I don’t have a ritual or philosophy or text to tell people: this is our key. I am not sure I am even comfortable with the idea of people looking towards me or my children as an example for ideas about how to live life. To be honest, I feel lost and alone much of the time. I feel far away from God, by choice, unfortunately. It seems church sucks away the Holy Spirit we should be welcoming in to our home.

What I do do is teach my children to be kind. And strong. And honest. And smart. And independent. None of these sound Christian. And yet, when I look at my girls I find what is coming out looks more like witness, truth, and real. Perhaps that is where God intervenes. To mold the clay. What I teach my girls does not seem inherently Christian but it feels right to me. Be you. God loves you and created you perfectly. And even though the world and your choices will tell you otherwise, you are enough. You have been more than that, to me, since the day you were born.

I learned a new prayer last year and I am obsessed with it. It is on the “about” part of my blog but I am going to put it here to make sure my readers see it. It is by Reverend William Sloane Coffin, junior.

May God give you the grace to never sell yourself short, the grace to risk something big for something good, and the grace to know the world is now too dangerous for anything but the truth and too small for anything but love.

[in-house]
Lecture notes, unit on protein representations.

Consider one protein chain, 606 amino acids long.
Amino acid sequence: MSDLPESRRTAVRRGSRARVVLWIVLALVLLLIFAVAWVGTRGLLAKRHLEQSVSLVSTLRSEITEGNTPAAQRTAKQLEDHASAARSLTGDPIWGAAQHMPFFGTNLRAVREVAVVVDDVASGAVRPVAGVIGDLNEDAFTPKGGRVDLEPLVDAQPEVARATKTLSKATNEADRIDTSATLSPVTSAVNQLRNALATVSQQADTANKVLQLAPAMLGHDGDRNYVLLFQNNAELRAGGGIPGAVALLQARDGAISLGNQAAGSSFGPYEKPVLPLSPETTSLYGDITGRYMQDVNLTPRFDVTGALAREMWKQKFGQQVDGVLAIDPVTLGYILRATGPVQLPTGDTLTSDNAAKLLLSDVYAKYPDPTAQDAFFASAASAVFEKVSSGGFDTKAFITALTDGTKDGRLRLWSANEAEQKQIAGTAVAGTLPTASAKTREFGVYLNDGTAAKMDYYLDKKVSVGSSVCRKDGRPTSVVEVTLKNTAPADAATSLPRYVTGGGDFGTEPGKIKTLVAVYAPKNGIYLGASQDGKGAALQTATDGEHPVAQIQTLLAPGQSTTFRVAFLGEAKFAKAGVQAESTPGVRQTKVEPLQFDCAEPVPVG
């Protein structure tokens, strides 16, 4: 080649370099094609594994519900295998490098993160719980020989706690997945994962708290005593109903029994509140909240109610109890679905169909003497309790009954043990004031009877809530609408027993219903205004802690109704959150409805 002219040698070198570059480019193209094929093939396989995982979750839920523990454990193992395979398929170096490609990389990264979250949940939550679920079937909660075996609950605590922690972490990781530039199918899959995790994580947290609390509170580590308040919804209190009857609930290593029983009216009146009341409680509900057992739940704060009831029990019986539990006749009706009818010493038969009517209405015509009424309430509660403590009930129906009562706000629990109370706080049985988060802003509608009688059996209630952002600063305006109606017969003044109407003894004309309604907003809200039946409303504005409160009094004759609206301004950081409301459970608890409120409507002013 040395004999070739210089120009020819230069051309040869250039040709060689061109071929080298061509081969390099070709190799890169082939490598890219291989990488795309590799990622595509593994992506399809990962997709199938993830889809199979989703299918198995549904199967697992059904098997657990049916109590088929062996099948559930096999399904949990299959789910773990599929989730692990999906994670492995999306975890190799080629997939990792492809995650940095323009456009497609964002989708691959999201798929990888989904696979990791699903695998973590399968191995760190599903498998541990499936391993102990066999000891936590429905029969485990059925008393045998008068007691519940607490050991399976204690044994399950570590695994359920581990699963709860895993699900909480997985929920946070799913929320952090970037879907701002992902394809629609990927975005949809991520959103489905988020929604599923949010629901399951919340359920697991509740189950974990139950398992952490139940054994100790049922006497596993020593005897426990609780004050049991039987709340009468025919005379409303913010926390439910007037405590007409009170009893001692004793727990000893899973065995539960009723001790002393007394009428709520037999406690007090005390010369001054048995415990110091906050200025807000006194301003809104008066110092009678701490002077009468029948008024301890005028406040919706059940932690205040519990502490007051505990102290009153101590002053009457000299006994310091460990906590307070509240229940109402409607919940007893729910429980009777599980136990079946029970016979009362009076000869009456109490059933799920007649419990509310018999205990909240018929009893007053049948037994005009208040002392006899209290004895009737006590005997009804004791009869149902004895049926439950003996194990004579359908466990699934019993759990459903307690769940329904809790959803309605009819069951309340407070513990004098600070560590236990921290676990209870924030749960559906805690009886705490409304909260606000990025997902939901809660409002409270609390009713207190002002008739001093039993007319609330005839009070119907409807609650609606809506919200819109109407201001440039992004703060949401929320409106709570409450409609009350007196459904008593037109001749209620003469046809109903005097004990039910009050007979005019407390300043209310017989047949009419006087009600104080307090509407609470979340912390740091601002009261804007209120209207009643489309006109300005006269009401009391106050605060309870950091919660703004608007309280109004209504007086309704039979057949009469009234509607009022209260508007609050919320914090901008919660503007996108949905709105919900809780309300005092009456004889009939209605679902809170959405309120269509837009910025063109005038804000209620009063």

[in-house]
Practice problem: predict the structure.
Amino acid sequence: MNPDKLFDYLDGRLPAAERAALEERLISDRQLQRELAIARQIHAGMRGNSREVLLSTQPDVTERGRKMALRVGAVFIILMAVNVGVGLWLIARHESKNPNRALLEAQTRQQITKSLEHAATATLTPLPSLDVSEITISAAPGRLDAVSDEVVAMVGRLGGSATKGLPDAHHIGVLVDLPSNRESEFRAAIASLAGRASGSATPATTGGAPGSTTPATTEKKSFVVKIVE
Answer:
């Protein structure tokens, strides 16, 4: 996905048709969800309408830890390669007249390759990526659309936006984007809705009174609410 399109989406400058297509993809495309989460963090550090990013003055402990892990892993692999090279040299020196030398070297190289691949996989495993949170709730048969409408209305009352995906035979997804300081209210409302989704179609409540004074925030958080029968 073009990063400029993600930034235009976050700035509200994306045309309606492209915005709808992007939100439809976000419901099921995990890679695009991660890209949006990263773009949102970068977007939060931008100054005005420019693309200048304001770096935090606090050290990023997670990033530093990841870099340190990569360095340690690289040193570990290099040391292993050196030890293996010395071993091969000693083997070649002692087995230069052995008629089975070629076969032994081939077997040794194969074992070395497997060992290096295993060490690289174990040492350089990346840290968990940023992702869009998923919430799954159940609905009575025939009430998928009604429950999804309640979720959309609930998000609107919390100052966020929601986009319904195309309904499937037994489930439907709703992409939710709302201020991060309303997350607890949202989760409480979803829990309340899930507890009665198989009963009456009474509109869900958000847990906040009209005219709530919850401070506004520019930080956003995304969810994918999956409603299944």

That is what I want my girls to know. It is what I need to remind myself of everyday. And it is what I am put on earth to practice. Oh and don’t forget to brush your teeth and love your sisters.

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5 responses to this post.

  1. Posted by katie ukrop on February 4, 2012 at 8:39 pm

    melanie,

    thanks for such a lovely and honest entry… beautiful.

    xo.

    Katie

    Reply

  2. Posted by Cindi Bartol on February 4, 2012 at 11:25 pm

    challenges each reader to think – as usual:>) I have many memories of your girls ‘getting it’ as they express themselves in daily living and nighttime cuddles…sorry you missed Dr. Leslie’s b-day and all else because you had done so much to make the arrangements happen for the good of your family. hugs-

    Reply

  3. Posted by Anita Lisk on February 5, 2012 at 10:57 am

    Loved this, Melanie – kind of struck home with me. Now that my “church brats” have grown up I hold my breath and say a silent prayer of thanks every time I witness or hear about one of my kids doing or saying something thoughtful or kind or spiritual or, perhaps even “Christ-like” (even if they don’t consider that’s the case) that everything seems to have worked out despite me and working in the church. Wait a few years and I’ll lay odds that you’ll see that your girls will do you proud with their honesty and capacity for love that they’ve learned from you. And maybe from Greg, too.

    Reply

  4. Posted by Ashley on February 5, 2012 at 10:06 pm

    thanks melanie. you inspire me in many ways. today, you inspire me to be honest and believe in the universal power of unconditional love. it’s a Godly thing. for sure.

    xo

    Reply

  5. Posted by Mary Snow Crawley on February 9, 2012 at 4:26 pm

    You are a beautiful writer, Melanie, and I love having you and your wisdom and grace in my life.

    Reply